Unrest, looting to accelerate inflation pressures, worsen households’ purchasing power amid depressed income

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Cash strapped Nigerians are in for tougher times ahead the back of rising food cost and other essential items further aggravated by the , which took an unexpected turn and gave room for hoodlums loot stores and malls thereby wreaking havoc many businesses.

The effect being, further erosion in the purchasing power of households.


The Consumer Price Index (CPI) report for September, released by the National Bureau of Statistics (NBS) in October, revealed that the country’s inflation rate rose 13.71 percent. However, the back of a three-week old protest, analysts fear that Nigeria may experience a faster increase in inflation numbers month--month.

“Momentum of inflationary pressures may become faster initially expected in October, when you consider the impact of the civil unrest the movement of goods from the Northern part of the country the Southern region. Major foods items likely record faster increase in prices of food items,” Gbolahan Ologunro, research analyst at Cordros Capital, told BusinessDay.

Prior to the protest, the economy was already suffering from insufficient supply of food items locally as the border closure exercise was still ongoing, the outbreak of the coronavirus pandemic that saw the Federal Government impose lockdown measures across several states further aggravated the availability of food items with a consequential effect of higher prices of food items.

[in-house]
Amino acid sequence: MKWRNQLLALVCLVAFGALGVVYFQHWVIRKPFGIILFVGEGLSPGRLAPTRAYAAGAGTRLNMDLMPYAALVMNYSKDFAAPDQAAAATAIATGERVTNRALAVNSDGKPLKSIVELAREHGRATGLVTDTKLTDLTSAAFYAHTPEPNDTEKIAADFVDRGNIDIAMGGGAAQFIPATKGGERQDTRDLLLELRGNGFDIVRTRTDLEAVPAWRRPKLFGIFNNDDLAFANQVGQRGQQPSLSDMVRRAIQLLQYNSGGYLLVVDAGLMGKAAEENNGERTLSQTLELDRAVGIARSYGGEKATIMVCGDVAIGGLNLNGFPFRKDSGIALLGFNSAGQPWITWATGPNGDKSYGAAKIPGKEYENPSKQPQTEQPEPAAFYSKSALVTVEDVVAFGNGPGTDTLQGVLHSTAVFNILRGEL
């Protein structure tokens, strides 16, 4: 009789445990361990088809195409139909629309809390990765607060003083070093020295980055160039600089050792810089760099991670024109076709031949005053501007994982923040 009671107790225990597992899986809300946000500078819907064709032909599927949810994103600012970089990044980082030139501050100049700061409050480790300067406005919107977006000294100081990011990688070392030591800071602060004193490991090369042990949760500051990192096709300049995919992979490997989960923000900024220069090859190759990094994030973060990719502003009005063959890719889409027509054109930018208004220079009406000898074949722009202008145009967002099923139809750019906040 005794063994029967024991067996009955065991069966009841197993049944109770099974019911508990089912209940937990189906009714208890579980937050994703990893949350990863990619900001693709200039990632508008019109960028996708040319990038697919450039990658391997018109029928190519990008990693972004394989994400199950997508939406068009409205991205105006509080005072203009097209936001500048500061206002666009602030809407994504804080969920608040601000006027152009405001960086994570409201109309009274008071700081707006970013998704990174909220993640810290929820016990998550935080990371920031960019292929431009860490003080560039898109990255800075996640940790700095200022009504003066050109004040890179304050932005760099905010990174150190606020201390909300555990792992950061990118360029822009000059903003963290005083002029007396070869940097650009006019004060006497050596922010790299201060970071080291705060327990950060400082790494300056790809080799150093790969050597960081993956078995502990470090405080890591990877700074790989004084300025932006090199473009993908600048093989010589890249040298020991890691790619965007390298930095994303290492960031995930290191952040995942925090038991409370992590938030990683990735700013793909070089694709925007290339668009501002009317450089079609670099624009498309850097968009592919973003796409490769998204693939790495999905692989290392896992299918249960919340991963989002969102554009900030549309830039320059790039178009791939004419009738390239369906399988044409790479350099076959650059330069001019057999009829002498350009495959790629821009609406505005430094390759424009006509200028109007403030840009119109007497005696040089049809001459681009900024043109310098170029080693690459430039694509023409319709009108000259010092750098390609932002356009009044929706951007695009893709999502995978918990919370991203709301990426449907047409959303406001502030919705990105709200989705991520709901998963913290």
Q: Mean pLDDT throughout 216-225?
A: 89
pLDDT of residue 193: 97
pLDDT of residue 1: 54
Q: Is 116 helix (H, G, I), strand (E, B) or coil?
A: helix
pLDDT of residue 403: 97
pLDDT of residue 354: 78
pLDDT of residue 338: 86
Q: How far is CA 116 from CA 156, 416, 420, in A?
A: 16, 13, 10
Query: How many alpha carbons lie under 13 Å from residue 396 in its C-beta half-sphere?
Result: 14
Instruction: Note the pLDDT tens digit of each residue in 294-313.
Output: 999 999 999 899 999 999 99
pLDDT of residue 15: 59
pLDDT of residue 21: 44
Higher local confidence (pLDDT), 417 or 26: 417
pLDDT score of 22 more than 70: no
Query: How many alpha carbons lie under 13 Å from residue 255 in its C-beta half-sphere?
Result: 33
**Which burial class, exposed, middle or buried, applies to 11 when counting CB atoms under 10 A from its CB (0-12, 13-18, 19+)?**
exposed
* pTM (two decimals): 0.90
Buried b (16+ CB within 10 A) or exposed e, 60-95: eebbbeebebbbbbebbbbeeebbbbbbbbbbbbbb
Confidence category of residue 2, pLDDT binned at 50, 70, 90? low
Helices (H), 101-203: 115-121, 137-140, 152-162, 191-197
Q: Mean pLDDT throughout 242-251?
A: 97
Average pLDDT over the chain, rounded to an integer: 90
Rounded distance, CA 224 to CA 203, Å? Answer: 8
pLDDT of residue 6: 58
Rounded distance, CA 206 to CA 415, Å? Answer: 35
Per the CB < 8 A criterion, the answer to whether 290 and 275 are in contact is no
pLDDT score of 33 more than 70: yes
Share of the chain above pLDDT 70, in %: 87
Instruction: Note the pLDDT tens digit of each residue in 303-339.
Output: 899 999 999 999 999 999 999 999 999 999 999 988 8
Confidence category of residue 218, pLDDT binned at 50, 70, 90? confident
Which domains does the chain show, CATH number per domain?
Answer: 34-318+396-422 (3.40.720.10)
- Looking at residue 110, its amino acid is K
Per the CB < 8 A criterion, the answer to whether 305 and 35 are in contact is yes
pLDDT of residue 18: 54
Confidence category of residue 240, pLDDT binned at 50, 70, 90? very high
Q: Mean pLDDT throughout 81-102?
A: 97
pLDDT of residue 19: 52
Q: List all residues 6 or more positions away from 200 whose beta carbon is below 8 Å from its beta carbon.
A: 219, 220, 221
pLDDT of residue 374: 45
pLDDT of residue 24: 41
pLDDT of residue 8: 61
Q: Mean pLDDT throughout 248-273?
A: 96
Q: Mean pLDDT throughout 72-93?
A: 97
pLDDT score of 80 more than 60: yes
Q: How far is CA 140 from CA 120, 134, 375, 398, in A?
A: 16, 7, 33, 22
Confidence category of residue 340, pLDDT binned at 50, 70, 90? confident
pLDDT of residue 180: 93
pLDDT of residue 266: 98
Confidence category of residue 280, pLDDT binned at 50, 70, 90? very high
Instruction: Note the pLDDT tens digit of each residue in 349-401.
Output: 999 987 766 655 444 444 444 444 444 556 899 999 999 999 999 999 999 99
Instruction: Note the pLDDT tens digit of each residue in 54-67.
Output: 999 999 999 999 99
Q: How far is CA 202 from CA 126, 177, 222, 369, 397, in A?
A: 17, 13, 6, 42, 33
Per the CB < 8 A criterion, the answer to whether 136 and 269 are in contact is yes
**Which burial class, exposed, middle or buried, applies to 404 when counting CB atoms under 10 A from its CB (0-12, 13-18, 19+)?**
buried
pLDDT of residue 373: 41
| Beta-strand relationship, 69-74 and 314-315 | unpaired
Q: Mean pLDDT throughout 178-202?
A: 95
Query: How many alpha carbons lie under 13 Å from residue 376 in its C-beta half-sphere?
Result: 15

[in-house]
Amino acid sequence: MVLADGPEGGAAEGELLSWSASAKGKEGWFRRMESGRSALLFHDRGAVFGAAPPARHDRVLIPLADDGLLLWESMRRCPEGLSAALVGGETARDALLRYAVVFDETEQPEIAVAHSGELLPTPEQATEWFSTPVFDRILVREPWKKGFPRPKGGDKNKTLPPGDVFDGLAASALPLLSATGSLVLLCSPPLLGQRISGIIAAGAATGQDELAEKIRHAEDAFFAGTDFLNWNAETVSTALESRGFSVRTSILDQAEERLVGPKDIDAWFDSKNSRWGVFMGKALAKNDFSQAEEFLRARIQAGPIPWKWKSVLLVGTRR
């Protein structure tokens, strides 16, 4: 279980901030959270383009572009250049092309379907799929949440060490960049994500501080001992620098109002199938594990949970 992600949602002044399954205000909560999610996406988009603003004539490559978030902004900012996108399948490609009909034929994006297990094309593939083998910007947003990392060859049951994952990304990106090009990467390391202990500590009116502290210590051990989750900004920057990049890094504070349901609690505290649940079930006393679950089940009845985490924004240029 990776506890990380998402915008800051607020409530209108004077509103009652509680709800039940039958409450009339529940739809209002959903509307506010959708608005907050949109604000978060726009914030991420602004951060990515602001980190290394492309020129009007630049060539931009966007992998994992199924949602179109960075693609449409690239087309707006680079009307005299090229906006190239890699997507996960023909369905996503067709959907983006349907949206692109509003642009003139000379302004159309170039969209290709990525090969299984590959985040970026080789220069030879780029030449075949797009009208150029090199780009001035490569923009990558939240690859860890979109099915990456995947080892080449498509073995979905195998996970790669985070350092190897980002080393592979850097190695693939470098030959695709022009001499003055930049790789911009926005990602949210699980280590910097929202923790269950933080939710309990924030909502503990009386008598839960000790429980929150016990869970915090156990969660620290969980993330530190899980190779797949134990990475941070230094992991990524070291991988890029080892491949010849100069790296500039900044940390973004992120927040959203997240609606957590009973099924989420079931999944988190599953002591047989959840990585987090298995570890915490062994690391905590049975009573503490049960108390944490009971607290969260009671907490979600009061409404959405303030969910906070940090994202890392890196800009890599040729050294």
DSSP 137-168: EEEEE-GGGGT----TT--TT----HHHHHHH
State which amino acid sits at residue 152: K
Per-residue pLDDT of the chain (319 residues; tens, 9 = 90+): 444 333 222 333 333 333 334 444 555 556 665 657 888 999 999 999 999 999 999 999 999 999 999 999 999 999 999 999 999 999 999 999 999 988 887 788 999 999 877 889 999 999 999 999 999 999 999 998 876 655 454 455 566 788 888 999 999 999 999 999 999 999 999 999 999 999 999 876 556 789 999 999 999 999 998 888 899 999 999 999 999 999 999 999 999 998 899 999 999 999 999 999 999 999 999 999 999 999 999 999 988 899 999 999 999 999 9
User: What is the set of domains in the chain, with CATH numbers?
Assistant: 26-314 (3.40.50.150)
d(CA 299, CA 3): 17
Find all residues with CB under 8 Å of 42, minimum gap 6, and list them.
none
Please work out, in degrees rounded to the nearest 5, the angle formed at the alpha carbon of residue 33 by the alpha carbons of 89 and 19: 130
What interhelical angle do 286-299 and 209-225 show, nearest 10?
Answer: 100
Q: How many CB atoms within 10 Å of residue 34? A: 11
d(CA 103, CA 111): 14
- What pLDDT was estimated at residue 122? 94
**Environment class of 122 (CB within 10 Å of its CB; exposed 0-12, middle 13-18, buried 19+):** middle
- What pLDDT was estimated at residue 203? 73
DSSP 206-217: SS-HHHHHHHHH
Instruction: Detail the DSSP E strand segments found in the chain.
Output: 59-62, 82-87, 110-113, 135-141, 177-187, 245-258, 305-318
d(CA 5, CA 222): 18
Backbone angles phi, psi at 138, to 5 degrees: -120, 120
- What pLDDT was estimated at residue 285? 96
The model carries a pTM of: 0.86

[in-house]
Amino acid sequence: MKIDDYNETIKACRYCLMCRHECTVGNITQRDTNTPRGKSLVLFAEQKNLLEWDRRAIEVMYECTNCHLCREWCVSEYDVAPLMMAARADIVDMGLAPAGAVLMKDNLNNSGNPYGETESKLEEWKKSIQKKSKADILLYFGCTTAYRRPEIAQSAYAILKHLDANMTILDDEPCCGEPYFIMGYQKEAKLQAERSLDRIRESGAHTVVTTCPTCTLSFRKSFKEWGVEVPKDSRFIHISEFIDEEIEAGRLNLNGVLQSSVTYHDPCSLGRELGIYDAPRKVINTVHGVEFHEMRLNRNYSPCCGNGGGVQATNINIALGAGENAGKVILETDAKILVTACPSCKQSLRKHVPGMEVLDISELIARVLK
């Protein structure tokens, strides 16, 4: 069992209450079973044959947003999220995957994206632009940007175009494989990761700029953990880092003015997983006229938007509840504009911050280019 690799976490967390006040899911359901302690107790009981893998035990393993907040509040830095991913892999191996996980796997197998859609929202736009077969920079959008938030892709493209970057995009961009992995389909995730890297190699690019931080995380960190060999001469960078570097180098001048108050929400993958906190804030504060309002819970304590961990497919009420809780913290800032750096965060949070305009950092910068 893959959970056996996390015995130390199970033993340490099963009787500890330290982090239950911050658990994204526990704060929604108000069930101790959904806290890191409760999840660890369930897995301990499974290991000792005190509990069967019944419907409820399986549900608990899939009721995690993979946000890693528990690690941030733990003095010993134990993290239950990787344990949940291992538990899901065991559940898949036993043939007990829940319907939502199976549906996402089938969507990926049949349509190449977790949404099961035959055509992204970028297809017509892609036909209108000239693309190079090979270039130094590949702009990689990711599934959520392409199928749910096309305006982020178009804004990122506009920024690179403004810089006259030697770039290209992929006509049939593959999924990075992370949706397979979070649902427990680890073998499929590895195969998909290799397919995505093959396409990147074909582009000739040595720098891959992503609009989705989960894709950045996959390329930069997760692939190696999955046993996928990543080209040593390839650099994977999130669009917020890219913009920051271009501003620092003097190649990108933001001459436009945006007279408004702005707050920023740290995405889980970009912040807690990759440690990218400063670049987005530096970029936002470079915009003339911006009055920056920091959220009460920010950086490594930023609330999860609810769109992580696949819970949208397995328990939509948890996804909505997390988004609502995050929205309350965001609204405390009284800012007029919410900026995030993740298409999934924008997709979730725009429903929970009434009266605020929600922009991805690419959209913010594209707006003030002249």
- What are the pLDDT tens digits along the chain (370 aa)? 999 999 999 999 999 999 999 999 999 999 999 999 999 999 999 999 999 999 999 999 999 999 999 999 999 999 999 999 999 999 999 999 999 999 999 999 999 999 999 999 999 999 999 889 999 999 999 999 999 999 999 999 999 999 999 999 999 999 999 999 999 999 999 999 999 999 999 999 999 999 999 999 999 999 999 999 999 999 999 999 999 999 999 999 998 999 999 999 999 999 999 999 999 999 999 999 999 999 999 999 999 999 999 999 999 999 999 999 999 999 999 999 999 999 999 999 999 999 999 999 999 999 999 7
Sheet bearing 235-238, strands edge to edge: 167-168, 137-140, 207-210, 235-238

Now, the looting and destruction of malls, banks and shops, especially in , the commercial hub of Nigeria, and other states mean shortage in supplies of goods, increased cost of getting back in business. All of these passed down to customers in form of higher prices.

“The recent destruction of malls, markets further affect prices as operators of shopping malls, markets might be scared of reopening their outlets and the few available outlets are likely to see increased demand as begin to scramble for other stores where these products are available, and that might put upward on prices,” Ologunro said.

This is coming at a when Nigeria is yet to reverse its decision to close its land borders. The resultant effect of the unfortunate turn of events in the ongoing protests against SARS and bad governance, couple with the continued border closure exercise will play a significant role in rising prices of goods.

Meanwhile, in view of the upcoming yuletide season, prices of food items may more double and may also become scarce due to a number of reasons including a failed planting/harvest season, restricted movement of food items due to reoccurring lockdowns and many other reasons.

“We should be anticipating inflation rate above 14 percent by December 2020. Yuletide seasons see increase in prices reflecting the surge in demand during the season,” Omobola Adu, research analyst at GDL Nigeria.

Over the weekend, prices of food items and other essential commodities increased significantly with a kilo of chicken increasing to almost N2500 from N1600, similarly tomato paste sachets which used to cost N80 now goes for N200.